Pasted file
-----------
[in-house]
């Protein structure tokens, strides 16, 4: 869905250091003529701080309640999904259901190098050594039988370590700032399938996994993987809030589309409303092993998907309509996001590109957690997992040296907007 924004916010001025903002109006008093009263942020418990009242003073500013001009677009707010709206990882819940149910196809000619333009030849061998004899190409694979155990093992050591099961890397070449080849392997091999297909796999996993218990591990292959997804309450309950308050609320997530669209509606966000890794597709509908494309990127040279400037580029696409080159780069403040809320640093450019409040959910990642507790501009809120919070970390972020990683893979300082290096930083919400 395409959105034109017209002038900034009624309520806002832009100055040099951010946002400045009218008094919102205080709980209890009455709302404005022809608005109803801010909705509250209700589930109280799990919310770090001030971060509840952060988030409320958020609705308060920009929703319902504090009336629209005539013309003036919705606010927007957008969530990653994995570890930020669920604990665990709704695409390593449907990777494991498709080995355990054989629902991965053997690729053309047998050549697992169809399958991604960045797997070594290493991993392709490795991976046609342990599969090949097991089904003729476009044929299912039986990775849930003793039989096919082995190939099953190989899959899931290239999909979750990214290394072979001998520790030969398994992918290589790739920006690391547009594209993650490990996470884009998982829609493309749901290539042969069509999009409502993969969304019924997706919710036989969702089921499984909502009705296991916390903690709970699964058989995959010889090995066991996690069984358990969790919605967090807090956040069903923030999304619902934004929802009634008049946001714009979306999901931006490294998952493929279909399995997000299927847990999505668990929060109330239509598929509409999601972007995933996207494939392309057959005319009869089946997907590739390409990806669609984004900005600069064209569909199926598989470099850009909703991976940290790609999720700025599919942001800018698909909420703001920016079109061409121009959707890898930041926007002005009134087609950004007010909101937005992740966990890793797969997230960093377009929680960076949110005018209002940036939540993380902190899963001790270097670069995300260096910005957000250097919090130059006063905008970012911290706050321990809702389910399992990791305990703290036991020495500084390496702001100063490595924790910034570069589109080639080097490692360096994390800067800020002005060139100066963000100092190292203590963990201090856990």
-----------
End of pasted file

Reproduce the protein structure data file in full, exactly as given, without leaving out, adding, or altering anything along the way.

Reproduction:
[in-house]
């Protein structure tokens, strides 16, 4: 869905250091003529701080309640999904259901190098050594039988370590700032399938996994993987809030589309409303092993998907309509996001590109957690997992040296907007 924004916010001025903002109006008093009263942020418990009242003073500013001009677009707010709206990882819940149910196809000619333009030849061998004899190409694979155990093992050591099961890397070449080849392997091999297909796999996993218990591990292959997804309450309950308050609320997530669209509606966000890794597709509908494309990127040279400037580029696409080159780069403040809320640093450019409040959910990642507790501009809120919070970390972020990683893979300082290096930083919400 395409959105034109017209002038900034009624309520806002832009100055040099951010946002400045009218008094919102205080709980209890009455709302404005022809608005109803801010909705509250209700589930109280799990919310770090001030971060509840952060988030409320958020609705308060920009929703319902504090009336629209005539013309003036919705606010927007957008969530990653994995570890930020669920604990665990709704695409390593449907990777494991498709080995355990054989629902991965053997690729053309047998050549697992169809399958991604960045797997070594290493991993392709490795991976046609342990599969090949097991089904003729476009044929299912039986990775849930003793039989096919082995190939099953190989899959899931290239999909979750990214290394072979001998520790030969398994992918290589790739920006690391547009594209993650490990996470884009998982829609493309749901290539042969069509999009409502993969969304019924997706919710036989969702089921499984909502009705296991916390903690709970699964058989995959010889090995066991996690069984358990969790919605967090807090956040069903923030999304619902934004929802009634008049946001714009979306999901931006490294998952493929279909399995997000299927847990999505668990929060109330239509598929509409999601972007995933996207494939392309057959005319009869089946997907590739390409990806669609984004900005600069064209569909199926598989470099850009909703991976940290790609999720700025599919942001800018698909909420703001920016079109061409121009959707890898930041926007002005009134087609950004007010909101937005992740966990890793797969997230960093377009929680960076949110005018209002940036939540993380902190899963001790270097670069995300260096910005957000250097919090130059006063905008970012911290706050321990809702389910399992990791305990703290036991020495500084390496702001100063490595924790910034570069589109080639080097490692360096994390800067800020002005060139100066963000100092190292203590963990201090856990």